Nightmare Film Details
Overview: An ex-gambler helps a beautiful widow, and becomes involved with a murder, secret agents, and saboteurs.
Review: Flat broke, American gambler Dan Shane (Brian Donlevy) steals into what he thinks is an empty townhouse during a blackout in London looking for something to eat. He’s discovered by the owner, Ambassador’s daughter Leslie Stafford (Diana Barrymore), who desperately needs his help and offers to pay him to dispose of her husband’s body (Henry Daniell), lying upstairs with a knife in his back. Intrigued, Dan agrees and, pretending to be a pair of drunks, loads the body into a taxi and takes off. The next day he goes to see Leslie and she tries to give him the brush-off but they end up on the run from the police after they discover her husband’s body exactly where they first found him -upstairs. Leslie and Dan flee to Scotland to enlist her cousin Abbington’s (Gavin Muir) help and rush headlong into a nest of Nazi spies… This 1942 Universal entry had a twofold purpose: it was typical, topical, morale-boosting wartime entertainment showing solidarity with our Allies as well as being the third attempt to turn John Barrymore’s daughter, Diana, into a major star. The first third of the movie is pure pulp fiction with the protagonist wandering into a web of murder and intrigue by becoming involved with a woman who may have killed her husband. Beginning with a rainstorm during a blackout, the dark and shadowy cinematography foreshadows later Film Noir using Universal’s back lot as a stand-in for London and Scotland. The story, some of it told in flashback, by mystery writer Phillip MacDonald (THE LIST OF ADRIAN MESSENGER), starts out with a cynical, hard-boiled attitude before becoming sidetracked in a routine “good guys vs. Nazi spies” finish. Sample dialogue: “You’ve got a Tiffany front but a hock-shop in back -I can see through you like cellophane” and some of it is slightly risqué: Dan tells Leslie that her name isn’t a woman’s and he might as well call her “Butch” -which he does for the rest of the film. There’s also plenty of anti-German propaganda later on once the film switches gears. Leslie’s cousin in Scotland owns a distillery (where explosives are packed in whiskey bottles) but she’s quick to explain that Abbington isn’t a Scot, telling Dan that he was adopted as a child in Germany. That’s all Dan needs to know, saying, “They get ’em young and train ’em early.” Abbington’s attack dogs are, of course, German as well. Earlier, Leslie coerced Dan into helping her by hiding his ticket home to the States -he spent his last dime trying to get back to enlist in the service. Paramount’s THIS GUN FOR HIRE was made the same year and also blended film noir with flag-waving propaganda. This dark trend would continue throughout the war years, culminating in 1944’s MINISTRY OF FEAR. Diana Barrymore, an attractive and capable actress, started slipping down the cast lists and made only three more films before leaving Hollywood in 1944. Her odyssey of alcoholism and police blotters was chronicled in her autobiography, TOO MUCH, TOO SOON, which was made into a film starring Dorothy Malone as Diana and Errol Flynn as her dad in 1958. Diana killed herself with an overdose of pills and liquor in 1960 after falling hopelessly in love with Tennessee Williams when she appeared in his play “Garden District” (aka SUDDENLY, LAST SUMMER). NIGHTMARE gets a solid 8/10 as Golden Age entertainment but only a 5/10 on the noir-o-meter -for the reel darkness during the first third of the movie …and the real darkness behind the scenes.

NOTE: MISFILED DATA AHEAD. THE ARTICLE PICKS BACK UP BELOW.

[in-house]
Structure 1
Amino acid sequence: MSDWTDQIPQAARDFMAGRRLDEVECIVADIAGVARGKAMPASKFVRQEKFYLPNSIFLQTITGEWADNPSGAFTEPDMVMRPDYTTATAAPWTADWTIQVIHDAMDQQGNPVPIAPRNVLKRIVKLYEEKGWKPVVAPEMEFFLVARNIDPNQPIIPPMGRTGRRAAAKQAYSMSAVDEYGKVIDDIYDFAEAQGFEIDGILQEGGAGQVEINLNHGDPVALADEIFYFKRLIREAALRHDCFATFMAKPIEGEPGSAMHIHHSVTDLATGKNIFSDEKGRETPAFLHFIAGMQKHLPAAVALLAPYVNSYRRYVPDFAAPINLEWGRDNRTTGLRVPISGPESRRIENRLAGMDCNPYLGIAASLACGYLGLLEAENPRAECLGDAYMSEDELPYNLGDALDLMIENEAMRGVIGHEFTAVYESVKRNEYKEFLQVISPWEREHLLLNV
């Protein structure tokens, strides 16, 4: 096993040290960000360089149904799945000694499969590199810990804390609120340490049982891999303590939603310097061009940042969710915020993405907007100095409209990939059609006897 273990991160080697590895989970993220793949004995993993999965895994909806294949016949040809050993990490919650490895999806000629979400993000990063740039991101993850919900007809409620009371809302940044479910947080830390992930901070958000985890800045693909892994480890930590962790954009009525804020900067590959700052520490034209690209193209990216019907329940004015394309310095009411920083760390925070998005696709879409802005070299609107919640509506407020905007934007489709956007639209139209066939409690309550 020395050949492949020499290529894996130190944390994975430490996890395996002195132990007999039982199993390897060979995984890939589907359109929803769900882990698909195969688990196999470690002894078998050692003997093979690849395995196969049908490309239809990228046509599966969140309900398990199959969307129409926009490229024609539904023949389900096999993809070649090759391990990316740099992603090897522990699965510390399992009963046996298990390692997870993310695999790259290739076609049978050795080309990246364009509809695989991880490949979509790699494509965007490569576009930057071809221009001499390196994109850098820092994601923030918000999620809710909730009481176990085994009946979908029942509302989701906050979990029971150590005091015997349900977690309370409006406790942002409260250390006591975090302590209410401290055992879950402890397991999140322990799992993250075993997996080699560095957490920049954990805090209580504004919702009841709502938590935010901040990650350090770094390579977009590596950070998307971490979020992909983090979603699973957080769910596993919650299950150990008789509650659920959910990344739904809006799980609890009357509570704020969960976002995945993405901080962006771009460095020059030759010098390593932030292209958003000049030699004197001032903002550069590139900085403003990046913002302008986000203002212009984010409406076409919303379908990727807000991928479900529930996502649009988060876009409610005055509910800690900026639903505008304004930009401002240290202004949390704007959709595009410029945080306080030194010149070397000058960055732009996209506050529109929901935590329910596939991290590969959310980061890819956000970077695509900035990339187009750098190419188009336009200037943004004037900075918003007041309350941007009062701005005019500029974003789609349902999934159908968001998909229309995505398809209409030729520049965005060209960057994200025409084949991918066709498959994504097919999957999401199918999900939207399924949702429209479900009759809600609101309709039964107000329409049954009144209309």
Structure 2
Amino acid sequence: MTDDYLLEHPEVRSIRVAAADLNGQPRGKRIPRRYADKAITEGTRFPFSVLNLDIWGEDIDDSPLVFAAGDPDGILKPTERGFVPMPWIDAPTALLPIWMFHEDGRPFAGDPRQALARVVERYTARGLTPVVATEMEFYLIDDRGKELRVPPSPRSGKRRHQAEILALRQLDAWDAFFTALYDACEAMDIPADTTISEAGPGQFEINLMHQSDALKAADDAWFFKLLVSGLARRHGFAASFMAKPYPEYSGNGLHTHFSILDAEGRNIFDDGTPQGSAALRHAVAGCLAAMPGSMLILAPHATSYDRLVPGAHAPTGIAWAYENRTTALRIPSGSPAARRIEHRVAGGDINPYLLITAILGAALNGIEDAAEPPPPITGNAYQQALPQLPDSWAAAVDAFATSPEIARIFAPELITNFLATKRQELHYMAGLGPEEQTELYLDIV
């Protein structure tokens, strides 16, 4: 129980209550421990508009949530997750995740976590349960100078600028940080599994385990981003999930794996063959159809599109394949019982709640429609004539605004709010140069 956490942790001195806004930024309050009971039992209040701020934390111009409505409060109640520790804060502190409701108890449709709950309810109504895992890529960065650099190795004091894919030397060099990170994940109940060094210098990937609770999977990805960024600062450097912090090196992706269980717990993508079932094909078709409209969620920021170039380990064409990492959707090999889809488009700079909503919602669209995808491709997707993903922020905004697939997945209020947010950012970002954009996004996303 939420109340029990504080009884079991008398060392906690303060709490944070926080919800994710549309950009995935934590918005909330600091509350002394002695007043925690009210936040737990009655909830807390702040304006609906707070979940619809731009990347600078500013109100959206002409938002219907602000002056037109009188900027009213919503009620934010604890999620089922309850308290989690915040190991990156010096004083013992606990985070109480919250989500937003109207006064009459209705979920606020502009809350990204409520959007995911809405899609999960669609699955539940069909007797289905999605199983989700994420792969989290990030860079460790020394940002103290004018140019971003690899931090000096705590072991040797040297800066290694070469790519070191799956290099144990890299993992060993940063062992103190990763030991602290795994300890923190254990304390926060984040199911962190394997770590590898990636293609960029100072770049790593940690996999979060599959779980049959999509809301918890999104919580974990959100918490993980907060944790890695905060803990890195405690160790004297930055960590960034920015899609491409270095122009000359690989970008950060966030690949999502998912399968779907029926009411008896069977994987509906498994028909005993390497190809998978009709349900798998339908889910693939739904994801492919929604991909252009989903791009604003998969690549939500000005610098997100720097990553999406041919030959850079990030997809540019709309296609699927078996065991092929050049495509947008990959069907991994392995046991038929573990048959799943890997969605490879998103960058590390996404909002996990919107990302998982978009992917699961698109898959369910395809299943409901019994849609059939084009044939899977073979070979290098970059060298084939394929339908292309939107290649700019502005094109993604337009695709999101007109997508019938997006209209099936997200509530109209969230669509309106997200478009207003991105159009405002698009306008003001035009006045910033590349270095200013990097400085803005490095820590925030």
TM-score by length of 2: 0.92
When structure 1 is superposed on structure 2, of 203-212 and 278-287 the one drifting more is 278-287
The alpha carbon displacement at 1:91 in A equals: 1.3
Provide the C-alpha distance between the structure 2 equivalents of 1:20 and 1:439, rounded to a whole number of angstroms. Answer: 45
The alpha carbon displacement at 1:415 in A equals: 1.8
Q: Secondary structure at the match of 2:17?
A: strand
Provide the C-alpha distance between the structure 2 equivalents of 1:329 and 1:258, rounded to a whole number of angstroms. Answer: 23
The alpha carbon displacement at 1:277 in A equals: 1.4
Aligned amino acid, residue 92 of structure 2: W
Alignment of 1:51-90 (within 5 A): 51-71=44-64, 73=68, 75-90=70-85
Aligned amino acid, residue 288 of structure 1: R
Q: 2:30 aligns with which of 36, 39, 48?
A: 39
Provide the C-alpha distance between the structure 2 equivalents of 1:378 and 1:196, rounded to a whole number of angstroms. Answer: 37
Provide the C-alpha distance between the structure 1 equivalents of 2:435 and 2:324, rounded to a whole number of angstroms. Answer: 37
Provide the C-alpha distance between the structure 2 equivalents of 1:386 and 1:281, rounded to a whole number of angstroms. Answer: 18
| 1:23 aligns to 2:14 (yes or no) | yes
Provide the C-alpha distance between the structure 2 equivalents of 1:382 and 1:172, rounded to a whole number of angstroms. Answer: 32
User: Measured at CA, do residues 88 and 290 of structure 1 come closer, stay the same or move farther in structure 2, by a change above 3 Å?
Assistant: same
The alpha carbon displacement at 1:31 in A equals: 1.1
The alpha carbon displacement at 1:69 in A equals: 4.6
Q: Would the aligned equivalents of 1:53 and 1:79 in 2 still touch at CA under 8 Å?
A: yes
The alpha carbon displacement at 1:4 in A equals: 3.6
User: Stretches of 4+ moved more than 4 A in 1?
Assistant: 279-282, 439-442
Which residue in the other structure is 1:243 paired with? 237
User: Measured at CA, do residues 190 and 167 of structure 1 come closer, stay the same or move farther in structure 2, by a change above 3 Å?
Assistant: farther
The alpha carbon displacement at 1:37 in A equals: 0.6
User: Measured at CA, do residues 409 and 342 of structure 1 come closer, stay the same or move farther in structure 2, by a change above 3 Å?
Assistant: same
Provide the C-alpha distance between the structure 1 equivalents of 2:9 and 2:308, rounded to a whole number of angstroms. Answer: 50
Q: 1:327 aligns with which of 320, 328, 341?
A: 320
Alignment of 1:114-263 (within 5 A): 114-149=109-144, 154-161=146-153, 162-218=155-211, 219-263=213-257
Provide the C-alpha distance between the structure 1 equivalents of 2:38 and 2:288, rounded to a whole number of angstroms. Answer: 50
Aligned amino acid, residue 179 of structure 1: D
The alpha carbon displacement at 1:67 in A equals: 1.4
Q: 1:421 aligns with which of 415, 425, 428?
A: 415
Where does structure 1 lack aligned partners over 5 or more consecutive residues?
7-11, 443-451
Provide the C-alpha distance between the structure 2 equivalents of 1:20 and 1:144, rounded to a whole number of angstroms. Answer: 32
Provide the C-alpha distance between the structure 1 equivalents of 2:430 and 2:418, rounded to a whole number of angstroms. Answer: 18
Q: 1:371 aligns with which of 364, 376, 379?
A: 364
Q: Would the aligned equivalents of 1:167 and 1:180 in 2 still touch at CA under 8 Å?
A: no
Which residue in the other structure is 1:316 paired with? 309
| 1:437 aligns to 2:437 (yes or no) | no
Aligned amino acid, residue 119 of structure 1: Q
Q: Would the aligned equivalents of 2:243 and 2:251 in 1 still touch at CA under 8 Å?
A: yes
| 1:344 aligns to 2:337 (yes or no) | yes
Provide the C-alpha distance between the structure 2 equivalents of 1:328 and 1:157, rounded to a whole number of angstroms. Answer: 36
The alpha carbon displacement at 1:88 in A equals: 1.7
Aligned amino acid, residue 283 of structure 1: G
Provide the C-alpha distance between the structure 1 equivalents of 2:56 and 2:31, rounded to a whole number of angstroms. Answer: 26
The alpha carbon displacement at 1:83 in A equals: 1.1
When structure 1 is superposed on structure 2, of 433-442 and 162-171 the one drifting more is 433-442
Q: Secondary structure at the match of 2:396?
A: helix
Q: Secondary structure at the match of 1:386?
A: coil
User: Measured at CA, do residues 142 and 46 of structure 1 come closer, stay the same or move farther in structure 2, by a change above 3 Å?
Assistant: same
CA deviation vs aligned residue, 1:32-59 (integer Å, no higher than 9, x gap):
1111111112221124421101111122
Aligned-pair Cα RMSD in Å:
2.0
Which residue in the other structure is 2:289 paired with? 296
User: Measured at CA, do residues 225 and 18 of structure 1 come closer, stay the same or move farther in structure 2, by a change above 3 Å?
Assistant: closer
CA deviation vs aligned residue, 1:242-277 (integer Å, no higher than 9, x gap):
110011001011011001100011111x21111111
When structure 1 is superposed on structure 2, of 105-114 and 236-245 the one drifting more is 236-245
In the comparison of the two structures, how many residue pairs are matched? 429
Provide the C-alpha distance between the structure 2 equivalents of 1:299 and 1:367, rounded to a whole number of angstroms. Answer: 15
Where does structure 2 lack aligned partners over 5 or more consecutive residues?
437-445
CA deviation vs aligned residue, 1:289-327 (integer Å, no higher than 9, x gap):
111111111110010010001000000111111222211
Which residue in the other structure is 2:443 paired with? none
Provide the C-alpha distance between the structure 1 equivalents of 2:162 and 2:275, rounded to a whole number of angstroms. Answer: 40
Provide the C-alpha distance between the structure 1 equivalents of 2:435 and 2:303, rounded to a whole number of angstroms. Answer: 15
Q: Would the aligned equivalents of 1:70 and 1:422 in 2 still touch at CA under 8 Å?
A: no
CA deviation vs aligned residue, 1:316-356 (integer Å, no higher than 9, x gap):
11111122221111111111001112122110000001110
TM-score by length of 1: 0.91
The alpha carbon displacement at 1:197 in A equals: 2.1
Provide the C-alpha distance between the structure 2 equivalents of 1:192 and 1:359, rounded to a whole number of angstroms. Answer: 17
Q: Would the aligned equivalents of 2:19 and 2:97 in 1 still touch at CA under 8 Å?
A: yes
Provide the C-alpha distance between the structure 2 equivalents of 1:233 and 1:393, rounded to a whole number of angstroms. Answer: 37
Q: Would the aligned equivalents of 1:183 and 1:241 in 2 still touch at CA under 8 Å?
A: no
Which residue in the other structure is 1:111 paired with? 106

Duration: 81 min
Genre: Crime, Drama, Film-Noir, Mystery
Also known as: Incubo,Noche de pesadilla,Painajaisuni,Pesadelo,Pesadilla,Mardrömmen,Wie ein Alptraum,Nightmare,Nattens mareridt